Kathleen Winter

East of the Sun and West of the Moon

Late or never
pass through a doorway
proportioned for children,
late or never
over the tollway of fears.
Your role is to be only
greenest of daughters,
freshest branch
of the Innocence Tree.
Late or never
look for a soldier, widow’s boy,
ax-clever planter of vines.
Claim you’re not afraid
to gather the white bear’s
fur in your fingers,
soar over your gone home
crawling with siblings,
over the abattoir’s pool.
Late or never
flown to the stone
halls of power,
search in each corner
for a crone.
Take, late or never,
whatever she offers,
map woven into
the North Wind’s cloak.
There, a black wood
never to exit,
there the trail that goes
only one way.
And here a route
too dear to choose—
its toll is a bucket of tears:
late or never
steer far from his moss-
covered hold, the bridge
of the troll of years.

Bad Blood II—A Review

                                  after Arthur Rimbaud

            Literally, a horror. I’ve known clumsiness in flayers and
scorchers, but theirs I find barbarous ineptitude, a sacrilege to the
trade. All hands liars, sons of good families, but in fighting, lazier
than the toad.

            The master criminals’ blue-white hair and Gallic domesticity,
their idolatry, sickens me: I don’t care. Narrow skulls, disgusting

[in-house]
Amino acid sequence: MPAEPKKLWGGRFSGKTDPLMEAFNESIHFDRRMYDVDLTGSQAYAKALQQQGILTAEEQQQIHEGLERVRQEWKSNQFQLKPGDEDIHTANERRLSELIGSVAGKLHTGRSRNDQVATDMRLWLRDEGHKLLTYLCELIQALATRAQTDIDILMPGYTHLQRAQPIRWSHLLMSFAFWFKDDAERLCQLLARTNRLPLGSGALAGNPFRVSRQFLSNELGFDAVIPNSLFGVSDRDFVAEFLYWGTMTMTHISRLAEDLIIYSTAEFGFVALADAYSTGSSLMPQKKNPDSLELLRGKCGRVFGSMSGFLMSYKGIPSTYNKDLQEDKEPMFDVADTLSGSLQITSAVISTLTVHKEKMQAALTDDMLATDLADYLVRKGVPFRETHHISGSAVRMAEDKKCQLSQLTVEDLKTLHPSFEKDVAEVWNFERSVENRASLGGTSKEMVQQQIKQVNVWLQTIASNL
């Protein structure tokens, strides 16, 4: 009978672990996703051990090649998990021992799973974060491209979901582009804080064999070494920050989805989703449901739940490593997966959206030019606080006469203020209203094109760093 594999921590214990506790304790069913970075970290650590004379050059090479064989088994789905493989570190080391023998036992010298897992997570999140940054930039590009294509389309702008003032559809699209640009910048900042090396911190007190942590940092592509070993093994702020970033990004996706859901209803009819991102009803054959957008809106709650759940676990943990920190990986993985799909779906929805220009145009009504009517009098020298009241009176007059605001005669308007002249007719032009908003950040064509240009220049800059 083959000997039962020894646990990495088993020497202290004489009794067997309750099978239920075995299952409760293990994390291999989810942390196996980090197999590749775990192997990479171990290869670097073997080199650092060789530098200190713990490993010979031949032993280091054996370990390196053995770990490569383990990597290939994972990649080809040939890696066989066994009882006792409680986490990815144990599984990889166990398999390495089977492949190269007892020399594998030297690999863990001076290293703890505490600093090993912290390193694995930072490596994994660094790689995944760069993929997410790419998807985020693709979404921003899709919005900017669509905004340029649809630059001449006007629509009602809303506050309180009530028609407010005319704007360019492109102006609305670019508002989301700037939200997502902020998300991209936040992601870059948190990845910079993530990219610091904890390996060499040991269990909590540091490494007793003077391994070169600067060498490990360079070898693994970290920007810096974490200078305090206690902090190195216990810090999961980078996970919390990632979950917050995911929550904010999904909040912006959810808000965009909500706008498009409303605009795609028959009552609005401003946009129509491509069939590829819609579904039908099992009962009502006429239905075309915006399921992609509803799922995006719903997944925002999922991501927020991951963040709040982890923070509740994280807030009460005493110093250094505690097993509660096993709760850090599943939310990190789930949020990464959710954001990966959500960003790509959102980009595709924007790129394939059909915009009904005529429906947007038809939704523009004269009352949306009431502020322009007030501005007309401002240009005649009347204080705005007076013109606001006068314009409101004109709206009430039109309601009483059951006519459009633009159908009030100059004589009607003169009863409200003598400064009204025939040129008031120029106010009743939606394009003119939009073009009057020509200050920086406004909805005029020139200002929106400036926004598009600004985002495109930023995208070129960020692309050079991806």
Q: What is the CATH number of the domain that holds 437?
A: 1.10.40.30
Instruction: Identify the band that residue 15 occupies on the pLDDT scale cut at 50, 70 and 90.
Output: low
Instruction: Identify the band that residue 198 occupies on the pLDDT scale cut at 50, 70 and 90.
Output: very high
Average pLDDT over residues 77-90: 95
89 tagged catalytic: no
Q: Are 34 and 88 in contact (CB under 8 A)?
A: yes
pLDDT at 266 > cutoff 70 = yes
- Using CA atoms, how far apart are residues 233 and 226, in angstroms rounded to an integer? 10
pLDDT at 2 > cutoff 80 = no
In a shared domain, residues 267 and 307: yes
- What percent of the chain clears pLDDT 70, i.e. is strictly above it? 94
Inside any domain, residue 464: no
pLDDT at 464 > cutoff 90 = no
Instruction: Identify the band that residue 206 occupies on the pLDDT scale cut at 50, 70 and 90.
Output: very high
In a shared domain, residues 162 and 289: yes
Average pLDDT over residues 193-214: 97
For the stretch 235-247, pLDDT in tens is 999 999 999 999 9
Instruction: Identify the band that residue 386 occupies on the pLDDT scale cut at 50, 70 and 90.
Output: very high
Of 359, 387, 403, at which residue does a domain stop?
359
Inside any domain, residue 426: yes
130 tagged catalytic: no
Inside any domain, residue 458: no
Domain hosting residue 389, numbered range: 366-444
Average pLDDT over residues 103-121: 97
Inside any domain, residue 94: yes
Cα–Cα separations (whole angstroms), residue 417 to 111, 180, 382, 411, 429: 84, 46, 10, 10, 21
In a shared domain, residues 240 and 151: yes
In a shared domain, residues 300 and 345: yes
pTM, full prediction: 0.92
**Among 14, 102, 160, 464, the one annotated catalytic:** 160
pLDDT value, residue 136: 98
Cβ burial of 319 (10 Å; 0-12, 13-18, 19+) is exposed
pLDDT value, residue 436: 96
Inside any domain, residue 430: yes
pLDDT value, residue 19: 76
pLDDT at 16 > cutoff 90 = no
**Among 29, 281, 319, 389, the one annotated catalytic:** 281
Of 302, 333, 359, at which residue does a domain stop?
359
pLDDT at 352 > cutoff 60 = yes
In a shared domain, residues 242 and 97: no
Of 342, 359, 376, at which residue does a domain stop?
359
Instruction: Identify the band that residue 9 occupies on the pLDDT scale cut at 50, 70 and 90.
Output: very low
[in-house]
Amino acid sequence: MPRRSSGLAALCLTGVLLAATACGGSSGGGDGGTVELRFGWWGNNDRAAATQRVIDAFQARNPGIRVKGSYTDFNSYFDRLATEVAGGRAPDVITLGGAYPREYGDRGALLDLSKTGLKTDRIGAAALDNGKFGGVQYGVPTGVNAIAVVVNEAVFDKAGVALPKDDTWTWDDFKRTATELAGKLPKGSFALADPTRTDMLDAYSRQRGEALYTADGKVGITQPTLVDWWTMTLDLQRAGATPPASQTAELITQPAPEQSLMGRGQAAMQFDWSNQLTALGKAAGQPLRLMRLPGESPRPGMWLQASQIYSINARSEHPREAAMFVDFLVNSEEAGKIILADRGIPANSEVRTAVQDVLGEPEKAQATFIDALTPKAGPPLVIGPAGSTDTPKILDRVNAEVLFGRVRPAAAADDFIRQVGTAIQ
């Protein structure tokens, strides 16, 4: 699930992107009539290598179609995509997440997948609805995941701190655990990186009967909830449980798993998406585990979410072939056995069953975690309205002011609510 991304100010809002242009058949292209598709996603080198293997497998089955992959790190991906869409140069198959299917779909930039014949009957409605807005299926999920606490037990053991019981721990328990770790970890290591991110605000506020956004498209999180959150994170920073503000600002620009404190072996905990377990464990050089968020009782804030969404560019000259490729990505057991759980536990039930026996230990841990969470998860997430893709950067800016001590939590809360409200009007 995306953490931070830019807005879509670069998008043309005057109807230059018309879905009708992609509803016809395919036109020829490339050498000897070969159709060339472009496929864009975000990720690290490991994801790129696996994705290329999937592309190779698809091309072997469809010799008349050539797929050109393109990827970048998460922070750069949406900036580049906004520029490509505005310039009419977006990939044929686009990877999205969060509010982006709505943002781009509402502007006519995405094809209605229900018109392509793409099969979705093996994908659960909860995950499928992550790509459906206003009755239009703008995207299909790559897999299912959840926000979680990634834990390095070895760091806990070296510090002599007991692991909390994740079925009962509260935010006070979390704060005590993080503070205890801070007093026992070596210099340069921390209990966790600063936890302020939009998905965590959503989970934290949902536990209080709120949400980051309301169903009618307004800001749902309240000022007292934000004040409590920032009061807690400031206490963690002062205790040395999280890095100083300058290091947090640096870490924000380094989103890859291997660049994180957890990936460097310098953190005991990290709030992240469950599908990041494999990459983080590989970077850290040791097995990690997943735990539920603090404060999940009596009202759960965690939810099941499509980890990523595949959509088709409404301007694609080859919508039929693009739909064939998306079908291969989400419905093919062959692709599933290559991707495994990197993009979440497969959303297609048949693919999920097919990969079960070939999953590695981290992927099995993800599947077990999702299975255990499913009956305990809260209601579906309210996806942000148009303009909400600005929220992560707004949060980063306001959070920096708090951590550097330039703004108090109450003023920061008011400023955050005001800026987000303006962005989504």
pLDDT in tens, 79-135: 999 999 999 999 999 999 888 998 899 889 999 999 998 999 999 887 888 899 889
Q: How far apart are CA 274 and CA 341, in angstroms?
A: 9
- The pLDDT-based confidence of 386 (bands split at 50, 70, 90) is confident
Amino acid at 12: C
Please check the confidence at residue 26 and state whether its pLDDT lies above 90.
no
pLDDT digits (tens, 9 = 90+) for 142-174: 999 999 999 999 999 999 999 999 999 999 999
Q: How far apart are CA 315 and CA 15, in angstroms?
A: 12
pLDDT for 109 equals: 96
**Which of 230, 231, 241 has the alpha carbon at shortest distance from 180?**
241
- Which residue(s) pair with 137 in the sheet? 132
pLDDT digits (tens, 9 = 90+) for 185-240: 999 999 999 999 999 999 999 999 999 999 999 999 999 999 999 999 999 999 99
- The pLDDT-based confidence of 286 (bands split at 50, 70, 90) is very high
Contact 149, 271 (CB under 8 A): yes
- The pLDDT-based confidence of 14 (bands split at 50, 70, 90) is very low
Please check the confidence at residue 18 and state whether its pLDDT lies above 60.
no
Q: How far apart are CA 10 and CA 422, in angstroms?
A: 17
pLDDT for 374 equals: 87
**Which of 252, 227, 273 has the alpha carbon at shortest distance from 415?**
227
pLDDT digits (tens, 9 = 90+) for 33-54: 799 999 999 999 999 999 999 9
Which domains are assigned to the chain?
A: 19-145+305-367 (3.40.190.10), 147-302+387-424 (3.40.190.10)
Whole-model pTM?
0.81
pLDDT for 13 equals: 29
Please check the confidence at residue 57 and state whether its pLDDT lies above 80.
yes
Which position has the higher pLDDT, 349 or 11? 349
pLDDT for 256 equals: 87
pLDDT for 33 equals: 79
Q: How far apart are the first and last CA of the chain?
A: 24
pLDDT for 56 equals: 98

clothes, what beasts! Honestly, families like that owe everything to
lust—magnificent plough—using the body for a living, butter on the
tongue.

            But oh! my pen is intact: perfidious indolence is grass. Only
a base age of beggars, like my own, could declare this castration
magnificent. I never shall.

Even Wild Birds Know Us, Who We Are

Crystal chandeliers carved out of adjectives,
      feasts you’ve made from phrases,
silences secure enough to dream in
      slung across your shoulders, borne
toward the capitol of our incipient collaborations.

Lend me your forbearance for so long
      bestowed on air, although it pains you
where you breathe. Circle around,
      circle to lie down in this deep
nest of feathers borrowed from each bird

on Earth, from the low-flying barn owl
      who’s tried to tell us for a decade,
over the insistent pulsing of these insect stars,
      we are who, who . . . jugglers in a drama
thick with irony and chaos, walls and swords?

We, the interlude of mild relief?
      Surely there are more disasters than a wit
can make her own through humor,
      word and gesture robbing viper of its venom
power for this evening, one clear hour.

Author Portrait

Kathleen Winter is the author of Nostalgia for the Criminal Past (Elixir Press 2012), which won the Antivenom Poetry Prize and the 2013 Texas Institute of Letters Bob Bush Memorial Award. In 2014, her current book manuscript won the Marsh Hawk Press Rochelle Ratner Prize, selected by Brenda Hillman. She has received fellowships from the James Merrill House; Brown Foundation Residency at the Dora Maar House, Provence; Vermont Studio Center; and Prague Summer Program. Her poems have appeared in journals including Tin House, Poetry London, AGNI, The New Republic, Memorious, Drunken Boat and The Cincinnati Review.